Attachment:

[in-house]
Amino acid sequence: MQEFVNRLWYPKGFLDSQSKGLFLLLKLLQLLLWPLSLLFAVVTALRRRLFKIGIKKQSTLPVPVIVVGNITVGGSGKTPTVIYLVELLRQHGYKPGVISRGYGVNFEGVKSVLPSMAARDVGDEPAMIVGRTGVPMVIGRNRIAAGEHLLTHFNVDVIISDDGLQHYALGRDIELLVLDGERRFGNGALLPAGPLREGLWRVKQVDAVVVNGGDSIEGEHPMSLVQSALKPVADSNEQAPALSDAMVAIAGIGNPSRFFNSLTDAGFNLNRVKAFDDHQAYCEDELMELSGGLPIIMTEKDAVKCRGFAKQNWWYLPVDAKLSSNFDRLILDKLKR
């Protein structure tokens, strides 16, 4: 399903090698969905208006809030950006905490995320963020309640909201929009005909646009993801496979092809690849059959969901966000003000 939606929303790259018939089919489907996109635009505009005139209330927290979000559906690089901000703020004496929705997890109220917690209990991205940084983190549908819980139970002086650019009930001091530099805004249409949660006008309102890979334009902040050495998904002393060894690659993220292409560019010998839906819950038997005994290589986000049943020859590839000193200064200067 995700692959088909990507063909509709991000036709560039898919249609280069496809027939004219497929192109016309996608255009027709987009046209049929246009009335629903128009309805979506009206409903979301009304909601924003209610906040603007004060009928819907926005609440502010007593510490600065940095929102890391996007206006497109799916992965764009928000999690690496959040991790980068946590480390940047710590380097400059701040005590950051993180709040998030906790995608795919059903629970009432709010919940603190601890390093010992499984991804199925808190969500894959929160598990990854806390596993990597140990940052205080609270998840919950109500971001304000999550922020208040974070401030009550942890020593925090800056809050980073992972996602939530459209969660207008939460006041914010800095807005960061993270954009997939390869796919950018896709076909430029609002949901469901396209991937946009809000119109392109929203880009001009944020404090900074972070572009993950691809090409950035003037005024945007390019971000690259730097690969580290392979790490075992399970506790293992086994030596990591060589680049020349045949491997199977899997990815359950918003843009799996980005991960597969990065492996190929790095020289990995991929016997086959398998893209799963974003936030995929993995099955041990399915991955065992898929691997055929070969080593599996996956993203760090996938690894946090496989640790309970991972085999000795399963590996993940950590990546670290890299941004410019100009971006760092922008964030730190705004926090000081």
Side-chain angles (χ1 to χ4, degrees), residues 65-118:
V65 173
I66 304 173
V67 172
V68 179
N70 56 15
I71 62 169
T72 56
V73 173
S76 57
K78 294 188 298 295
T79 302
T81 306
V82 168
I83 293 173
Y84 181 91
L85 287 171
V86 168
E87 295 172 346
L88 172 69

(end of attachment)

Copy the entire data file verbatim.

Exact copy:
[in-house]
Amino acid sequence: MQEFVNRLWYPKGFLDSQSKGLFLLLKLLQLLLWPLSLLFAVVTALRRRLFKIGIKKQSTLPVPVIVVGNITVGGSGKTPTVIYLVELLRQHGYKPGVISRGYGVNFEGVKSVLPSMAARDVGDEPAMIVGRTGVPMVIGRNRIAAGEHLLTHFNVDVIISDDGLQHYALGRDIELLVLDGERRFGNGALLPAGPLREGLWRVKQVDAVVVNGGDSIEGEHPMSLVQSALKPVADSNEQAPALSDAMVAIAGIGNPSRFFNSLTDAGFNLNRVKAFDDHQAYCEDELMELSGGLPIIMTEKDAVKCRGFAKQNWWYLPVDAKLSSNFDRLILDKLKR
């Protein structure tokens, strides 16, 4: 399903090698969905208006809030950006905490995320963020309640909201929009005909646009993801496979092809690849059959969901966000003000 939606929303790259018939089919489907996109635009505009005139209330927290979000559906690089901000703020004496929705997890109220917690209990991205940084983190549908819980139970002086650019009930001091530099805004249409949660006008309102890979334009902040050495998904002393060894690659993220292409560019010998839906819950038997005994290589986000049943020859590839000193200064200067 995700692959088909990507063909509709991000036709560039898919249609280069496809027939004219497929192109016309996608255009027709987009046209049929246009009335629903128009309805979506009206409903979301009304909601924003209610906040603007004060009928819907926005609440502010007593510490600065940095929102890391996007206006497109799916992965764009928000999690690496959040991790980068946590480390940047710590380097400059701040005590950051993180709040998030906790995608795919059903629970009432709010919940603190601890390093010992499984991804199925808190969500894959929160598990990854806390596993990597140990940052205080609270998840919950109500971001304000999550922020208040974070401030009550942890020593925090800056809050980073992972996602939530459209969660207008939460006041914010800095807005960061993270954009997939390869796919950018896709076909430029609002949901469901396209991937946009809000119109392109929203880009001009944020404090900074972070572009993950691809090409950035003037005024945007390019971000690259730097690969580290392979790490075992399970506790293992086994030596990591060589680049020349045949491997199977899997990815359950918003843009799996980005991960597969990065492996190929790095020289990995991929016997086959398998893209799963974003936030995929993995099955041990399915991955065992898929691997055929070969080593599996996956993203760090996938690894946090496989640790309970991972085999000795399963590996993940950590990546670290890299941004410019100009971006760092922008964030730190705004926090000081």
Side-chain angles (χ1 to χ4, degrees), residues 65-118:
V65 173
I66 304 173
V67 172
V68 179
N70 56 15
I71 62 169
T72 56
V73 173
S76 57
K78 294 188 298 295
T79 302
T81 306
V82 168
I83 293 173
Y84 181 91
L85 287 171
V86 168
E87 295 172 346
L88 172 69